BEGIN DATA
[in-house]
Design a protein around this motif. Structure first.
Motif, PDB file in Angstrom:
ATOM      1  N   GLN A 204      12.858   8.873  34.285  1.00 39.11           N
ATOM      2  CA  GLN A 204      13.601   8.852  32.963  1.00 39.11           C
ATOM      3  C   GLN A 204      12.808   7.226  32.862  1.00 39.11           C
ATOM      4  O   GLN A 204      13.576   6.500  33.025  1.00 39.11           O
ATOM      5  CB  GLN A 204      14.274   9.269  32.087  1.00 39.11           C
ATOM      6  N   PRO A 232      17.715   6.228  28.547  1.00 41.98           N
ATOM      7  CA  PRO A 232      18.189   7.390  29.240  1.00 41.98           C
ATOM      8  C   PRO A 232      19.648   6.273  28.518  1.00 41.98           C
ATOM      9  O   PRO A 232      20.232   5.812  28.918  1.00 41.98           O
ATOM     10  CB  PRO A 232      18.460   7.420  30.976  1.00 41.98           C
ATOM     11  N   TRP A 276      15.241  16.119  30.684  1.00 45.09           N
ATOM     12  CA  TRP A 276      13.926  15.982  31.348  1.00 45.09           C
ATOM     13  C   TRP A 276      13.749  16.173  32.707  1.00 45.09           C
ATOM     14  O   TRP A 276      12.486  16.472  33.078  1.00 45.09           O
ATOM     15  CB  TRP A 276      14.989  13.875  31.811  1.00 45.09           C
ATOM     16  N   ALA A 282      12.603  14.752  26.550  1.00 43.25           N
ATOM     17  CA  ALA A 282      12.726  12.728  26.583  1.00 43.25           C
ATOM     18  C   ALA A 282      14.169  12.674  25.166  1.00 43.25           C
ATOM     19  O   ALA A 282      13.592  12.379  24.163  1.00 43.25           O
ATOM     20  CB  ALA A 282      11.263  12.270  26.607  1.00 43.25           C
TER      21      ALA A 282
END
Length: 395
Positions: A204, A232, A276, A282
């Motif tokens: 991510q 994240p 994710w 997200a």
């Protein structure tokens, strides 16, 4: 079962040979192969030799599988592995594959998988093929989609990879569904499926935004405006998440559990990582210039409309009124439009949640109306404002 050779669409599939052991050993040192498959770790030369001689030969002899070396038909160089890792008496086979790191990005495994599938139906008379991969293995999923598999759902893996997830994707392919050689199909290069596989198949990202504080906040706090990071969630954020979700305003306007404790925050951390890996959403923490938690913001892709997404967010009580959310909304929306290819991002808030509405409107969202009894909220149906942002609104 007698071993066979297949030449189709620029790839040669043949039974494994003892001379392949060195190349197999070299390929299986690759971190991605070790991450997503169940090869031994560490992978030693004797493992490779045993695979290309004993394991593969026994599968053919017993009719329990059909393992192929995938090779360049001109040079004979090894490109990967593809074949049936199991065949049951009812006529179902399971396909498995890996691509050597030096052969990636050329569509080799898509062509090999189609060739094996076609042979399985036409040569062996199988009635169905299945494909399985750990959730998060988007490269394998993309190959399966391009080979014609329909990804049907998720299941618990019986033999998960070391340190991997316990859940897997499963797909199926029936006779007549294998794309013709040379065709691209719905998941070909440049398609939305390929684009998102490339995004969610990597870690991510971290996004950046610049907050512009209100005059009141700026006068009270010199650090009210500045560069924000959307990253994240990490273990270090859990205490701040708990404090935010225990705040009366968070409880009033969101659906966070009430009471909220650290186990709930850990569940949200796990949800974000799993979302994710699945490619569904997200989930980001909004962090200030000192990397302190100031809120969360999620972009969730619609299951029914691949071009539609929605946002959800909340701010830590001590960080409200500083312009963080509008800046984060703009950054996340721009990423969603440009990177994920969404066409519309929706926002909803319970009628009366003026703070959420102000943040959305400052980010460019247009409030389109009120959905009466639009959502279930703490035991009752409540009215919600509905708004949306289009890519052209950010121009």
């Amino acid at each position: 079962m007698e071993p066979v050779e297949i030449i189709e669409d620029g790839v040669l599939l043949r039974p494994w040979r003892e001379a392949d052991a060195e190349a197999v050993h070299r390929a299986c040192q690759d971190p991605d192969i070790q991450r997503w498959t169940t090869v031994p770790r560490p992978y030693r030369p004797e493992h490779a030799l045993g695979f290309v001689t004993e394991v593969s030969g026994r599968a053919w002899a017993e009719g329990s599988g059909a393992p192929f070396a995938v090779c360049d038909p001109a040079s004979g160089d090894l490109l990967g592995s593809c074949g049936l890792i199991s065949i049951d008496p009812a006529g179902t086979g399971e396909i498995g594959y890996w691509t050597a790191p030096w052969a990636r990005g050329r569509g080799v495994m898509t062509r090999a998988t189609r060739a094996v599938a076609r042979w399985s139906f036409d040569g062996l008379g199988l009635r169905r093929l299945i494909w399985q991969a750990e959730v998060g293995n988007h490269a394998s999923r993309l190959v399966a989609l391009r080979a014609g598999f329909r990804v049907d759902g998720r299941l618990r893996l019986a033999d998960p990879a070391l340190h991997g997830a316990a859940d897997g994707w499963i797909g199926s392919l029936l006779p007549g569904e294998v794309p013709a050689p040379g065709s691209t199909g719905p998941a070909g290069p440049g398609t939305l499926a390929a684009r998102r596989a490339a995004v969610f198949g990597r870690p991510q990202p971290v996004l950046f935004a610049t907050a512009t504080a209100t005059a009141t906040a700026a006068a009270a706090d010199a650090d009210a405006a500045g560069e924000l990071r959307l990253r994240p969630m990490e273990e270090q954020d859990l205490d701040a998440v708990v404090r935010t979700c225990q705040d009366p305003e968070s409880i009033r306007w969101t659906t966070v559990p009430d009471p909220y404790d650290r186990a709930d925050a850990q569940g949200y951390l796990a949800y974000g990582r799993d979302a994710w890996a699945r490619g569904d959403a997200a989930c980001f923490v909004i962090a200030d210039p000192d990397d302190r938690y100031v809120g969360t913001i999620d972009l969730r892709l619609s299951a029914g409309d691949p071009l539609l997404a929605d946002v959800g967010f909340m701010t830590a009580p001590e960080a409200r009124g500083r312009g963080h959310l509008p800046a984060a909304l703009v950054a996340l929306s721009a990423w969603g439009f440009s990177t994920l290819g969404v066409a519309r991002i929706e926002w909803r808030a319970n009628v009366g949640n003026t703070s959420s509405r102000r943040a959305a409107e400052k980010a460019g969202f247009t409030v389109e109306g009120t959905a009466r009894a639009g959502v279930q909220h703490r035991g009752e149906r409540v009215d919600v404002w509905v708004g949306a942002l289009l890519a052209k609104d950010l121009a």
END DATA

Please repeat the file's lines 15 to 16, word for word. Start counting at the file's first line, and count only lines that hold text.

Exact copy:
ATOM     12  CA  TRP A 276      13.926  15.982  31.348  1.00 45.09           C
ATOM     13  C   TRP A 276      13.749  16.173  32.707  1.00 45.09           C